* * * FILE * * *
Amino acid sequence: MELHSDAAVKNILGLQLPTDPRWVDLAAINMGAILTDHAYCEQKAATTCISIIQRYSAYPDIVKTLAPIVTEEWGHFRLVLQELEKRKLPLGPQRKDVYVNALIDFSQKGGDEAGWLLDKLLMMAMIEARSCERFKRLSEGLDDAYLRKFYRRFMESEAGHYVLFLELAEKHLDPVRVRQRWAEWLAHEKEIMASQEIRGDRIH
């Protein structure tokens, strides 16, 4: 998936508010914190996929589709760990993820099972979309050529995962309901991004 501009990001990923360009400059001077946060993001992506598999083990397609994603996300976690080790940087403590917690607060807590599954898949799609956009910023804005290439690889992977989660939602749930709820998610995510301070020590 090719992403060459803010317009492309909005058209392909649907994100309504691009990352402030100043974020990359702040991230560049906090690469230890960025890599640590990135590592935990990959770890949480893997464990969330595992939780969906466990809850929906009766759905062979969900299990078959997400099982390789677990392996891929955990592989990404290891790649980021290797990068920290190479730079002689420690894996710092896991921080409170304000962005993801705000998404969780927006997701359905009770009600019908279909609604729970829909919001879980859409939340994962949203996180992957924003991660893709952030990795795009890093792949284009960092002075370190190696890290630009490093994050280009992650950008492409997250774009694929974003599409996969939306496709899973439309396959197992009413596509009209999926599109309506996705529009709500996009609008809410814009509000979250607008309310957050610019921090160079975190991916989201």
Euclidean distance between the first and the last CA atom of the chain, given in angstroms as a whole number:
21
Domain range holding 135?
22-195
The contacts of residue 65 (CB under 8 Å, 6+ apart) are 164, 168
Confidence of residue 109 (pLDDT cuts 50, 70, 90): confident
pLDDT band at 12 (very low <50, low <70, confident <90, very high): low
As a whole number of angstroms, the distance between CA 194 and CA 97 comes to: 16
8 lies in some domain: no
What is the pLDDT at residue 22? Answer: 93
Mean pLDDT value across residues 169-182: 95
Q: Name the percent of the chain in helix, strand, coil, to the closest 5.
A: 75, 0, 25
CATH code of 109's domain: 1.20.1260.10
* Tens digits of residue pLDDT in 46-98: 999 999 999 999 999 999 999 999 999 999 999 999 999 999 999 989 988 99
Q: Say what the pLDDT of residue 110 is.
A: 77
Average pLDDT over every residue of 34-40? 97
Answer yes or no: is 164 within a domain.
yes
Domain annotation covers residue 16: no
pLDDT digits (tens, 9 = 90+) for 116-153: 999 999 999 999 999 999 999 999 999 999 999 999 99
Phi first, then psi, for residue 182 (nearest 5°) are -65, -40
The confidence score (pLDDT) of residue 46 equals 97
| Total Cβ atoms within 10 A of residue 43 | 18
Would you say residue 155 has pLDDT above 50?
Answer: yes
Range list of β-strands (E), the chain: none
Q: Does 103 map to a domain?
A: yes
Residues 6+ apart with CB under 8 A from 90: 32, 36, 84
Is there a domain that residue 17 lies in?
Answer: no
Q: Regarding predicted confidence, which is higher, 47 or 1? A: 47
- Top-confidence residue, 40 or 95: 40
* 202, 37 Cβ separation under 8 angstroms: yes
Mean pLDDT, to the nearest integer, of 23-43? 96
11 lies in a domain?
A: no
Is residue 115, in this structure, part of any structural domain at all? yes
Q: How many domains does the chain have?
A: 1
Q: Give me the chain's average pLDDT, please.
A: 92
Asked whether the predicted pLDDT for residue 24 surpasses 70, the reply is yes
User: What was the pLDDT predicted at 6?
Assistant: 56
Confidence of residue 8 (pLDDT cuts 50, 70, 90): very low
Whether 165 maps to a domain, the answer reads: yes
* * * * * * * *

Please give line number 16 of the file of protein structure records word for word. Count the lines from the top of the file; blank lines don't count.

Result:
CATH code of 109's domain: 1.20.1260.10